The Catcher in the Rye is a landmark in American literature. Recalled by Holden Caulfield, a red deerstalker donning teenager who attended the prestigious Pencey Prep, we learn of his actions during the winter of 1951. Holden delights in telling us the details of his life at the academy, giving his insights on his friends, teachers and family. On his travels traipsing around New York Holden has a sticky encounter with a prostitute and her pimp, he reunites with old friends and reminiscences about old times. The main aspect of the plot is Holden concocting a plan for his future. He battles his parents’ expectations with his own ambitions and fears the route his life may take. Salinger has excelled at delivering enough detail to make the character believable and allowing the audience a full grasp of the character’s thoughts and opinions without side-lining the plot.
The true beauty of The Catcher in the Rye is J.D. Salinger’s skill in conversational style writing: we as readers feel as though Holden is talking to us directly. He has a comedic, intelligent and melancholic personality which evokes a sense of companionship between the reader and the central character while incentivizing you to continue the novel. It is an ideal read for any reader who welcomes Holden Caulfield’s opinionated personality. Be warned, this book has caused controversy in the past for its sexual references and use of language.
Do you think Holden recognises his age and limitations?
What do you think his attitude is to adults in general?
How does New York play a part in the novel? Do you think Holden has a particular attachment to this location?
How do Holden’s plans change during the course of the novel and what are main reasons for this?
Do you find any of the characters particularly relatable? If so, which ones?
Do you think Holden gives an accurate representation of the characters or are the descriptions likely warped?
What do you interpret the main message of The Catcher in the Rye to be? Does it have one clear message?
Do you think the society, described in the novel, still exists today?
What do you think is the reason behind Holden continually asking ‘where do the ducks go when the lagoon freezes over in central park?’.
Why do you think Holden refers to other characters as phonies?
What is Holden’s relationship with money? How does Salinger represent wealth in the novel? Catcher-in-the-Rye-Discussion-Questions.pdf
Holden returns to his family home and chats with Phoebe, his sister. He tells her that he is planning on leaving New York and going across state. He then leaves to go meet an old acquaintance which shortly ends and then plans to spend the night at a former professor’s house. During the night the professor strokes Holden’s head which Holden interprets as a homosexual advance, he swiftly leaves, feeling doubtful about the action and his teachers’ intentions. Holden spends the rest of the night at grand central station before meeting his sister Phoebe the next morning. He intends to see her during her school lunch break, wanting to return what he has left of the money he borrowed from her and say goodbye. Suggesting that she meet him at the Metropolitan Museum of Art, he is surprised when she shows up carrying a suitcase. She tells Holden that she is going with him. Holden, frustrated with Phoebe for wanting to abandon her life and come with him, insults her. Phoebe becomes bitter and refuses to talk, a sign of her anger with Holden, hoping that it will annoy him. Knowing that Phoebe will follow if he leaves, Holden sets off for the Zoo with Phoebe tailing him from the other side of the road. Once there, they reconcile and enjoy a carousel ride with Holden deciding to stay. The novel ends with Holden stating he is in an institution, not many details are given but he suggests that he has even begun to miss Pencey and is starting a new school soon.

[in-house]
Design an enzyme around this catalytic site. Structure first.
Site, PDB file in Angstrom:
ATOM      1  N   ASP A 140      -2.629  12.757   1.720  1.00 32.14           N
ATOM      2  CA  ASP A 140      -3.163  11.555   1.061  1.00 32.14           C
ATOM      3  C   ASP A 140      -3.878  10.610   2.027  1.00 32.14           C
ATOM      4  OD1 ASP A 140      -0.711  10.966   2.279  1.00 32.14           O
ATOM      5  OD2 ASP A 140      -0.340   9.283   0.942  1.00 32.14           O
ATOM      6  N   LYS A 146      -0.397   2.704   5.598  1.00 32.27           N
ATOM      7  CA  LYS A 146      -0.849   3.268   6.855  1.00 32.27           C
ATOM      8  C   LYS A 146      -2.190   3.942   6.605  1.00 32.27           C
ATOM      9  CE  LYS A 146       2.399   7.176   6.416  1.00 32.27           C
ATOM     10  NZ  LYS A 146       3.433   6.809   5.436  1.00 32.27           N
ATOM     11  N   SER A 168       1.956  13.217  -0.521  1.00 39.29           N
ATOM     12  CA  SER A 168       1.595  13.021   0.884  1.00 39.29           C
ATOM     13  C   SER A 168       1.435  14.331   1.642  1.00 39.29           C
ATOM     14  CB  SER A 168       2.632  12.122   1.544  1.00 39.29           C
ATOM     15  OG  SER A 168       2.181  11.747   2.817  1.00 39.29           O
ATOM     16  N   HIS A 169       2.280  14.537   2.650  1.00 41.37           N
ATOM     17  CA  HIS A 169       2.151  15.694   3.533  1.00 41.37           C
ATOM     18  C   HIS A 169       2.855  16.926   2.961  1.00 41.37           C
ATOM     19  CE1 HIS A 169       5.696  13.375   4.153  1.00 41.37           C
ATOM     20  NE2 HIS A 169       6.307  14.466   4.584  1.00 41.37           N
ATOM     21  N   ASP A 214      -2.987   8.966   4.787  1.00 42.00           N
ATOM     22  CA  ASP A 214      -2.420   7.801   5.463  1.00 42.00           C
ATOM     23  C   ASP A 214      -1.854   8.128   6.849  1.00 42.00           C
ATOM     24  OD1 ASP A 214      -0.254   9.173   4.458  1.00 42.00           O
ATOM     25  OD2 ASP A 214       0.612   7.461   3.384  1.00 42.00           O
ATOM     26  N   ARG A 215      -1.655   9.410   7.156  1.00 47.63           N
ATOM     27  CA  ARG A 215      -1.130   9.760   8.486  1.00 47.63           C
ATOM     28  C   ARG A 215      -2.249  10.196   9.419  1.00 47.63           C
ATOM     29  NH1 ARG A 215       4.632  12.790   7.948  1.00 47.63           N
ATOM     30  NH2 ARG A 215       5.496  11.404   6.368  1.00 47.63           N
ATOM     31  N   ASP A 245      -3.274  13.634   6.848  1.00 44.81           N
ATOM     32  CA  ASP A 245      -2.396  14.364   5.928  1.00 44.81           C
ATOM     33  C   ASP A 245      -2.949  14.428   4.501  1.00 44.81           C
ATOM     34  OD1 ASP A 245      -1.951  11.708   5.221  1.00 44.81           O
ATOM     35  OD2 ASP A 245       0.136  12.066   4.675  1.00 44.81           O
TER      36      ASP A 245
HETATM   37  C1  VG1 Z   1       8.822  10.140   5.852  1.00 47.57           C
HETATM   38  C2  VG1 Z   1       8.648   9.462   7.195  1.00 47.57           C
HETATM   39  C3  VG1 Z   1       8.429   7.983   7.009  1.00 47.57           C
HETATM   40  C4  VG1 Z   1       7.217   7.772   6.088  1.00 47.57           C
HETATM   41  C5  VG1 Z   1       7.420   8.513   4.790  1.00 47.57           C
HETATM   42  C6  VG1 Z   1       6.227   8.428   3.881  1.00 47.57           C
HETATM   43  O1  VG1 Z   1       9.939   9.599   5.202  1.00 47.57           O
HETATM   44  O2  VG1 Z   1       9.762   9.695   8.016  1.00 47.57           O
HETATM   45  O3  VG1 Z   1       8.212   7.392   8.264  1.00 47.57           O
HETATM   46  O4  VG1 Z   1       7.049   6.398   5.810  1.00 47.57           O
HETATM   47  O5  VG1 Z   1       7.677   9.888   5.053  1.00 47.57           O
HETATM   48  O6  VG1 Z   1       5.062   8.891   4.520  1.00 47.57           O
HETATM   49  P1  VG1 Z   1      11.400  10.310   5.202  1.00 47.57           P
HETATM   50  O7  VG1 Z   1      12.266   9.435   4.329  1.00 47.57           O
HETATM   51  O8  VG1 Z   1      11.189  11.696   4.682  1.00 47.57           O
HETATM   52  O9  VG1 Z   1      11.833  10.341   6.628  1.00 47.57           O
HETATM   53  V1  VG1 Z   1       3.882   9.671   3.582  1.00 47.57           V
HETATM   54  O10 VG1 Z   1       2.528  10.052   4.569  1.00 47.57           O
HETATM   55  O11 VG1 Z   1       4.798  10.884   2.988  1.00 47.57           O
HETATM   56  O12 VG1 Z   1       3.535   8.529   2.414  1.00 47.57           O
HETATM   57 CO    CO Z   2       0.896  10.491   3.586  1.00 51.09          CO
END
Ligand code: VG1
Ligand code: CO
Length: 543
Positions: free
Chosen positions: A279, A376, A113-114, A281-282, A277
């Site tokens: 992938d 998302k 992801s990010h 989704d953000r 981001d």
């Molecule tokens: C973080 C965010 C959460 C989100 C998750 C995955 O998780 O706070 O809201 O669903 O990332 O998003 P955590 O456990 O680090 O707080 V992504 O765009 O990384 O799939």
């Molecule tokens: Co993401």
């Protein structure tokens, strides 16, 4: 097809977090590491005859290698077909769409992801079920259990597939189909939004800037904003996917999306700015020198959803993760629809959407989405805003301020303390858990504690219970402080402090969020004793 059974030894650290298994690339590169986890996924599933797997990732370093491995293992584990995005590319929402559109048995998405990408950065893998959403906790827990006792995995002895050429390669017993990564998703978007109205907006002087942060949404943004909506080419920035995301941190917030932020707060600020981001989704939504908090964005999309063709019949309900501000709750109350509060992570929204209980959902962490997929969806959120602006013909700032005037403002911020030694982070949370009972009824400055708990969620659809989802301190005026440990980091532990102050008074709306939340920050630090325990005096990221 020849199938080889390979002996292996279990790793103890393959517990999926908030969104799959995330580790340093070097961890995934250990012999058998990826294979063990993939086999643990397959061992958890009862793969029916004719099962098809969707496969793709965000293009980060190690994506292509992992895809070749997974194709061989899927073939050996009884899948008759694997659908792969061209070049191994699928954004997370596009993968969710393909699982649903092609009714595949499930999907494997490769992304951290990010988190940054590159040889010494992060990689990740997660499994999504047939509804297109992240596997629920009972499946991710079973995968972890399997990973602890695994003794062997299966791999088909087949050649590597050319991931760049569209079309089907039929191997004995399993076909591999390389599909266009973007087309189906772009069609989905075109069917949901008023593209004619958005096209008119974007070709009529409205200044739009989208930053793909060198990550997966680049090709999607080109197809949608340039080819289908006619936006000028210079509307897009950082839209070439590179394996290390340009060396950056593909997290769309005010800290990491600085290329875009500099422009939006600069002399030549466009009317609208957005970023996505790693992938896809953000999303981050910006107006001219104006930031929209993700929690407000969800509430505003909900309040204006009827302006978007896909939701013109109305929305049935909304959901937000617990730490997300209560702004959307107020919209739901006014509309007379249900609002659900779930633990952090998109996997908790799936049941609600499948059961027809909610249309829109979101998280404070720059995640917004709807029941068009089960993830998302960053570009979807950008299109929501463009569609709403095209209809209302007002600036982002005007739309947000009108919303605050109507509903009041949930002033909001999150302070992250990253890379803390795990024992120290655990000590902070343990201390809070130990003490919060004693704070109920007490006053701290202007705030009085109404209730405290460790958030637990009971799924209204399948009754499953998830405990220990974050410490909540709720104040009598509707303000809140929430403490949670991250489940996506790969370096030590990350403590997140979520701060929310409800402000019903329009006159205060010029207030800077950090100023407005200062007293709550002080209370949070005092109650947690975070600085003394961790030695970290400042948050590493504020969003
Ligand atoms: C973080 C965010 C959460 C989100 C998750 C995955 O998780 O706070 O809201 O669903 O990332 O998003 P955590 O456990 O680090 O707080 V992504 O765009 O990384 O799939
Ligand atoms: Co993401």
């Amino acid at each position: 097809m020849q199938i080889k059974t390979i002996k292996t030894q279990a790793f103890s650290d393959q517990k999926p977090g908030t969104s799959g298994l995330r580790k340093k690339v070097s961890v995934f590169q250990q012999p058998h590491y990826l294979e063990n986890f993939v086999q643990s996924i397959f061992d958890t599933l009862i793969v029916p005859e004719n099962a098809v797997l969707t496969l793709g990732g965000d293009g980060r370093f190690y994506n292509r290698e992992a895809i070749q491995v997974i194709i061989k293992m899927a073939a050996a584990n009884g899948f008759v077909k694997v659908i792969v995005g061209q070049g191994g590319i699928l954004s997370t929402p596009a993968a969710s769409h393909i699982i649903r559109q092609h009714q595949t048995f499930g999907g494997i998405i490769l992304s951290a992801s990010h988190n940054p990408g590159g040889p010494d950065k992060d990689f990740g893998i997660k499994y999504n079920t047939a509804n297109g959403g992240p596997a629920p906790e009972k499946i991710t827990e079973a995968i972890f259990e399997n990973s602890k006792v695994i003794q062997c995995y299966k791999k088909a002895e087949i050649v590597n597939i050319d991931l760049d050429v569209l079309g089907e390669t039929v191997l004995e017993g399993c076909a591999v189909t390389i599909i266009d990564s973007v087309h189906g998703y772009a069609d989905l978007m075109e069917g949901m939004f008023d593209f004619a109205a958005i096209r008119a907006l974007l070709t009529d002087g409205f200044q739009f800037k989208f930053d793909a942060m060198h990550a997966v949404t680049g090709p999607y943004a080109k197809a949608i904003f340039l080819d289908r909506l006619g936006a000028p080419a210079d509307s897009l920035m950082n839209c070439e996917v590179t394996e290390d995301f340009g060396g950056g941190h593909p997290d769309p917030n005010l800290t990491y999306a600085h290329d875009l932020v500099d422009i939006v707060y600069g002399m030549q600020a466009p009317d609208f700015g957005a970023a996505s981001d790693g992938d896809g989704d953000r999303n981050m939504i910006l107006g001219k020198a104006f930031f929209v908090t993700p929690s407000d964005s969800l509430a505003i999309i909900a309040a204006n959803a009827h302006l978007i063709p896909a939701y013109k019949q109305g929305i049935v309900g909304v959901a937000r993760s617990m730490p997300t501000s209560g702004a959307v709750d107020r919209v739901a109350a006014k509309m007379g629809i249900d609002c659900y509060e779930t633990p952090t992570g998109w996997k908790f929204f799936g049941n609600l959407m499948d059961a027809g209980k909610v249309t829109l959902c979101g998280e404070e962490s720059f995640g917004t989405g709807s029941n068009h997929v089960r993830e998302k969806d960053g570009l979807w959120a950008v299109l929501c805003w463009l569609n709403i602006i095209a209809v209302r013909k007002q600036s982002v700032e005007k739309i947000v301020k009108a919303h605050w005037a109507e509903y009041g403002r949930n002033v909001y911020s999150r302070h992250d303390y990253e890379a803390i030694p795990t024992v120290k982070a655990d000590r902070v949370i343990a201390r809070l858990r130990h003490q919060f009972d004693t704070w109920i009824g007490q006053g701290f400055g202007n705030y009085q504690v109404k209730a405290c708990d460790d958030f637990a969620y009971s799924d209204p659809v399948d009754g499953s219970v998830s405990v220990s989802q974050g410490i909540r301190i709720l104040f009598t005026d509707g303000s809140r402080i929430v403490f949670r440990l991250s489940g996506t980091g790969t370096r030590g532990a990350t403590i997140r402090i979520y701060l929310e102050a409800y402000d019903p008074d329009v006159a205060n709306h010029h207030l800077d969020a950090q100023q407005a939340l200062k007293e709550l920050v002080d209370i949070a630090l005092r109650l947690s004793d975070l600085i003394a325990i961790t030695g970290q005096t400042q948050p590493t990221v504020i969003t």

The Catcher in the Rye was banned across many US states for its use of strong language and sexual references.
A prequel featuring Holden’s older brother exists. The Ocean Full of Bowling Balls was due to be published in 1949 in Harper’s Bazaar but Salinger withdrew it. The story was donated to Princeton University on the condition that it will not be published until the 50th anniversary of Salinger’s death.
Holden Caulfield first appeared in J.D. Salinger’s short stories ten years before the publication of Catcher in the Rye. In November 1941, Salinger sold the story Slight Rebellion Off Madison, the debut of Holden Caulfield, to The New Yorker. It was not published in the magazine until December 1946, likely due to the war.